English 203

Graduate Readings: Lyric, Poetry, Poetics


Section Semester Instructor Time Location Course Areas
4 Fall 2016 Falci, Eric
W 3-6 107 Mulford

Other Readings and Media

All readings will be available online and in a course reader.  Among a few other selections, we will most likely read texts by Wordsworth, Coleridge, Shelley, Mill, Keats, Arnold, Mallarmé, Pater, Hopkins, Yeats, Eliot, Moore, Pound, Stein, Olson, Richards, Empson, Wimsatt and Beardsley, Brooks, Valéry, Benjamin, Adorno, Abrams, de Man, Culler, Riffaterre, Lacoue-Labarthe, Celan, Derrida, Freud, Jakobson, Glissant, Barbara Johnson, Susan Stewart, Virginia Jackson, Lyn Hejinian, Charles Altieri, Marjorie Perloff, Robert Kaufman, Giorgio Agamben, Rachel Blau DuPlessis, Denise Riley, Juliana Spahr, Caroline Bergvall, Claudia Rankine, Lisa Robertson, and Simon Jarvis.

Description

This course will provide an introduction to poetics and theories of poetry, especially lyric poetry, since the early 19th century.  We will watch as conceptualizations of poetry, lyric, and verse torque and shift throughout the 19th and 20th centuries, beginning, roughly, with Wordsworth’s “Preface” to Lyrical Ballads and moving through the “New Lyric Studies” of our own critical moment.  We’ll look at a number of the key nineteenth- and twentieth-century statements on poetry and lyric as we reconsider the projects of the New Critics alongside of other types of formalist scholarship, the place of poetry within structuralism and deconstruction, and the importance of poetry in several varieties of Marxist aesthetics and psychoanalytic theories. As we come to more recent writings, we’ll investigate poetry in relation to matters of perception, subjectivity, cognition, technology, politics, ecology, and history. We will pay close attention to the shapes (formal, spatial, metrical, acoustic, generic) and textures (sonic, graphic, etymological, figural, rhythmic) of a small handful of poems, most of which will be dictated by our theoretical and critical readings, but some of which we’ll choose as a class at the start of the semester.  My hope is that the class is able to follow three interweaving tracks over the course of the semester: 1) the longer tradition of thinking about poetics since Wordsworth; 2) the course of contemporary scholarship on lyric and poetry over the past several decades; and 3) the routes taken by contemporary poets as they refashion lyric within their own practice.  All enrolled students will have the option of writing two conference-length papers (8-10 pages) or one article-length essay (20-25 pages).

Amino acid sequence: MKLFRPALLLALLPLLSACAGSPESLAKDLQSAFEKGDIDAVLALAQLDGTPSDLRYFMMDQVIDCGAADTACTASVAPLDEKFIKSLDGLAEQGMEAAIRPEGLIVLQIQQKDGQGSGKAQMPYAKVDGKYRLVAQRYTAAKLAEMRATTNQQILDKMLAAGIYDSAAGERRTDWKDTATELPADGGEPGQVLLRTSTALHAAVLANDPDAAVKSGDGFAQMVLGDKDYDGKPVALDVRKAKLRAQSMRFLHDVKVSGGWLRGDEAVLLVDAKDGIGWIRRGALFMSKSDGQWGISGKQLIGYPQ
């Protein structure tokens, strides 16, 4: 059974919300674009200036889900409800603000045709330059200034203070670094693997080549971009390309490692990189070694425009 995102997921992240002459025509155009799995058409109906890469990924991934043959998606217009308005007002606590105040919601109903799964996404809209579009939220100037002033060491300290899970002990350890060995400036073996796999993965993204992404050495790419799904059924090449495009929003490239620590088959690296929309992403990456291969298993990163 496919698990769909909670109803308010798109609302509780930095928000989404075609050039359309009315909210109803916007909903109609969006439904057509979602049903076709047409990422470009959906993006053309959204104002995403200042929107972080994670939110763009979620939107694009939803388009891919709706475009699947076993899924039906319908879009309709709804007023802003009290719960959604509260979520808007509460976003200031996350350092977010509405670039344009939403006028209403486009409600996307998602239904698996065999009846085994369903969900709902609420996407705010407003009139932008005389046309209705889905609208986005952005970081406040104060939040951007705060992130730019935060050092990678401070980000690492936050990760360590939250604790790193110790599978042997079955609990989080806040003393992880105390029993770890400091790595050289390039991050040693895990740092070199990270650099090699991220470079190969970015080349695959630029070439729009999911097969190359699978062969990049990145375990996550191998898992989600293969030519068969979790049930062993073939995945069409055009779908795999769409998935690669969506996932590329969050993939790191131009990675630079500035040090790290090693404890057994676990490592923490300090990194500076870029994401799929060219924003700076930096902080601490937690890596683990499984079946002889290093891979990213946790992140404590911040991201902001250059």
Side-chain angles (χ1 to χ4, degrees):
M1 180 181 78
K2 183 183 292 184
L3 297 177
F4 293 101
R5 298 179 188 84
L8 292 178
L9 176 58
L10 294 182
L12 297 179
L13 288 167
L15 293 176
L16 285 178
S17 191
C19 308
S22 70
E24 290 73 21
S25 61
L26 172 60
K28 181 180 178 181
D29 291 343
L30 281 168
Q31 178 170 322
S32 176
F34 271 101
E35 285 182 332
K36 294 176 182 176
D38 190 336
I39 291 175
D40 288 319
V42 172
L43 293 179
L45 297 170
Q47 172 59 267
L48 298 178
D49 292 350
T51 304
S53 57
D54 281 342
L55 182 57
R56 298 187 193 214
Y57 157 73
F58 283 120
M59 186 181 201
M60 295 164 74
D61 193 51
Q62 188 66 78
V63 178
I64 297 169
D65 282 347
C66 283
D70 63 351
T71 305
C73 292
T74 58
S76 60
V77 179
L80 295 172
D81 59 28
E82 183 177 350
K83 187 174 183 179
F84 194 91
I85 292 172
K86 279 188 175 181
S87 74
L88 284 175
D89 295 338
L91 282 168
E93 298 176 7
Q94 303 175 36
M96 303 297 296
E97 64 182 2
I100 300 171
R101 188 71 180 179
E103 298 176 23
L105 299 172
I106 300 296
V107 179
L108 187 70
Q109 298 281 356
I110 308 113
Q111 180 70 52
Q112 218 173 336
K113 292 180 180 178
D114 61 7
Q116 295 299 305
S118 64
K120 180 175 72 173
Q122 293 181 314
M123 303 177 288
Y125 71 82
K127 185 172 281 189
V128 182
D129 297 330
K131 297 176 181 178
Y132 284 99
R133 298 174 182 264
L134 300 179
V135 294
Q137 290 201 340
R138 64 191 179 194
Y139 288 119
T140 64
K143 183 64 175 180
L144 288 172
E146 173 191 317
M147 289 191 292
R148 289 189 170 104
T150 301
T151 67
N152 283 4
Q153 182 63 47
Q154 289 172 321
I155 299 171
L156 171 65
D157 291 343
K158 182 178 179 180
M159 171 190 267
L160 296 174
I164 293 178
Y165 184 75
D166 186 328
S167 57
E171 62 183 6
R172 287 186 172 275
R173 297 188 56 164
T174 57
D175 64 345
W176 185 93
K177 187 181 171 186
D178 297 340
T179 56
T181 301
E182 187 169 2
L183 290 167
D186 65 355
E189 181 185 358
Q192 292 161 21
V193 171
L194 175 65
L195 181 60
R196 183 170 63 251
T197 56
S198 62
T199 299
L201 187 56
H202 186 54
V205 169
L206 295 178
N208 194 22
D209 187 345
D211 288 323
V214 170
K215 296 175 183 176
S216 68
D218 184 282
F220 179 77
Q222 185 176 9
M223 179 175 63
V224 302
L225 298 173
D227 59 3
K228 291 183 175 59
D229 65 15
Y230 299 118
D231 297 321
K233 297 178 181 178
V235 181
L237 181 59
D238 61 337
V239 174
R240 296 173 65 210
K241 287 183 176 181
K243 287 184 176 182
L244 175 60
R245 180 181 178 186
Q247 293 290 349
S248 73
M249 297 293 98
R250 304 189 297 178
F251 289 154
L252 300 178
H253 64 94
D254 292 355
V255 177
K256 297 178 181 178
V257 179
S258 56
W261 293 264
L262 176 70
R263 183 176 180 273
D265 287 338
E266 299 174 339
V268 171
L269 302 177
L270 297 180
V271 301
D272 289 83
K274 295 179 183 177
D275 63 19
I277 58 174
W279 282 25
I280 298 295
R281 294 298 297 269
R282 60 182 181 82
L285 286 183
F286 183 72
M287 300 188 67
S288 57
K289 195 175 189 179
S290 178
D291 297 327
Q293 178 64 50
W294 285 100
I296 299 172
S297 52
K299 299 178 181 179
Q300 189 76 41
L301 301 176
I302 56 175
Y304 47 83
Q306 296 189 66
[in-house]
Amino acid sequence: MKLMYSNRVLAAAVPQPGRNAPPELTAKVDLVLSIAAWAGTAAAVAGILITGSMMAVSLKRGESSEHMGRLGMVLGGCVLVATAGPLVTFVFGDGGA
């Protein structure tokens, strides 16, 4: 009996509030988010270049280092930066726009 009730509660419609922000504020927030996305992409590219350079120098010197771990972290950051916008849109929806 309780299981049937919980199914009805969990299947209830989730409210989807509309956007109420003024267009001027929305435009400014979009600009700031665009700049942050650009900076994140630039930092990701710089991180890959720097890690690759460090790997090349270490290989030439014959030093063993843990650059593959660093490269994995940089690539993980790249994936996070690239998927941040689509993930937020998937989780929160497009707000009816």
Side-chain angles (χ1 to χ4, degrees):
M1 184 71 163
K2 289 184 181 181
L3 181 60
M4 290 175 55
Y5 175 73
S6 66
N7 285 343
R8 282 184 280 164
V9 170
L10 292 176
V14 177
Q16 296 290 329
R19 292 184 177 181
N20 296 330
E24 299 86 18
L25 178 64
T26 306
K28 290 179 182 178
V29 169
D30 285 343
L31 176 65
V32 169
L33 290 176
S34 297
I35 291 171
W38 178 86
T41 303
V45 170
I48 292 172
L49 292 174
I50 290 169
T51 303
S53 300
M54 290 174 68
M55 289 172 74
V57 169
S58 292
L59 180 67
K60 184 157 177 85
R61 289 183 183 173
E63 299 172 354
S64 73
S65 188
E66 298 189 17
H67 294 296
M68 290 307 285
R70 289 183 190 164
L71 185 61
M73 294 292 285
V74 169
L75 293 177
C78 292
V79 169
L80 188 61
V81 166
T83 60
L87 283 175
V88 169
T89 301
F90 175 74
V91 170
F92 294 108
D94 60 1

This course satisfies the Group 4 or Group 5 requirement.

Other Recent Sections of This Course

fall, 2019

203/1

Graduate Readings: On Interpretation

203/2

Graduate Readings: Prospectus Workshop

203/3

Graduate Readings: Aesthetics and Politics: Kant and Beyond

spring, 2019

203/1

Graduate Readings: William Faulkner and the Historical Novel

203/3

Graduate Readings: The Queer and the Oriental

203/4

Graduate Readings: Renaissance Drama

203/5

Graduate Readings: Nineteenth-Century U. S. Historical Poetics

fall, 2018

203/1

Graduate Readings: Allegorical Moments: Public, Private, and the Writing of Everyday Life

203/4

Graduate Readings: American Genres

203/5

Graduate Readings: Prospectus Workshop

spring, 2018

203/1

Graduate Readings: Radical Enlightenment?

203/2

Graduate Readings: The Novel in Theory

203/3

Graduate Readings: Prospectus and Grant Workshop

203/4

Graduate Readings: Digital Humanities for Medieval Studies

203/5

Graduate Readings: Contemporary Chicanx/Latinx Novels

fall, 2017

203/1

Graduate Readings: Caribbean Literature and Culture

203/2

Graduate Readings: Comparative Colonialisms: Latin America and the U.S.

203/3

Graduate Readings: Materiality

spring, 2017

203/1

Graduate Readings: World Systems Theory and the Asian Anglophone Novel

203/2

Graduate Readings: The Political Economy of Life and Death in African American Literature and Culture


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